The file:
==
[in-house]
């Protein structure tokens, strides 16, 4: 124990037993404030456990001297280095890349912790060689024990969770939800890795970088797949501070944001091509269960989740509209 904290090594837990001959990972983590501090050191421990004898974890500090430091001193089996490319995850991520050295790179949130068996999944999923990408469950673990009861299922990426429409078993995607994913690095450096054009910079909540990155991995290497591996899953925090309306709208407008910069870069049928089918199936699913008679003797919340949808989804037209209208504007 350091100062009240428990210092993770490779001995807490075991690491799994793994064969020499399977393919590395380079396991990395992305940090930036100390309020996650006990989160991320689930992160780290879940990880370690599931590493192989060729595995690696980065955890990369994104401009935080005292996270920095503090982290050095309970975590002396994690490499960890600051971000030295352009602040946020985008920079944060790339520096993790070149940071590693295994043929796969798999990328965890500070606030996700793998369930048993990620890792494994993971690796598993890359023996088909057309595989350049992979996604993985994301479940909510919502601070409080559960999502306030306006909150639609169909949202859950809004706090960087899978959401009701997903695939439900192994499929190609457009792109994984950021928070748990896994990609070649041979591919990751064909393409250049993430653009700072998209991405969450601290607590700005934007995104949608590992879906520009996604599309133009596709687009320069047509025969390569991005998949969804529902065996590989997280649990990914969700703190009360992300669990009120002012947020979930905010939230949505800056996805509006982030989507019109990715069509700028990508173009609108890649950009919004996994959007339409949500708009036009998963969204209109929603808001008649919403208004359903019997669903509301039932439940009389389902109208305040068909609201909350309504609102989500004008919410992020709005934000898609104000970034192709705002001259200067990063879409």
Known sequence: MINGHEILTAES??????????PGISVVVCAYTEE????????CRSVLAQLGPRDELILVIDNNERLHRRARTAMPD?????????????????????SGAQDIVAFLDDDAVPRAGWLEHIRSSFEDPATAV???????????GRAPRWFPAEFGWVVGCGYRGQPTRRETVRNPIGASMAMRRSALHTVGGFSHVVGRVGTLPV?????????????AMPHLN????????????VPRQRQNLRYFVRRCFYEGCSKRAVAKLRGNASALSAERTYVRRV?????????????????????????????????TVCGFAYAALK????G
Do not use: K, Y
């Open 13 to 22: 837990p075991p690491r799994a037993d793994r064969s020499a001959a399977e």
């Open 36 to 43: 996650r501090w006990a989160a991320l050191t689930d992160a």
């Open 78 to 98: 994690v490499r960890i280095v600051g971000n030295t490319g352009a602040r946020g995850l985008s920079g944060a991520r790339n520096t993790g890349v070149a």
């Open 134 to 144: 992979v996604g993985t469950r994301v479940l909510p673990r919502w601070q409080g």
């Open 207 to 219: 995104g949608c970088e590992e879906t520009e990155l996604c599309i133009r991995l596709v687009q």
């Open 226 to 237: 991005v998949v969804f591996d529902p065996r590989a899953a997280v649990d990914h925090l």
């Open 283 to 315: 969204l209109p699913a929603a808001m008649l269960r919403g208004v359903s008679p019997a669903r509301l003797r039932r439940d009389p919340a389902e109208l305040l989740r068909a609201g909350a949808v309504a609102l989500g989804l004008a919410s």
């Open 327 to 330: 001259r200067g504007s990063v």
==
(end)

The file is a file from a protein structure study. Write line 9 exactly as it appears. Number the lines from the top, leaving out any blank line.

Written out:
């Open 207 to 219: 995104g949608c970088e590992e879906t520009e990155l996604c599309i133009r991995l596709v687009q």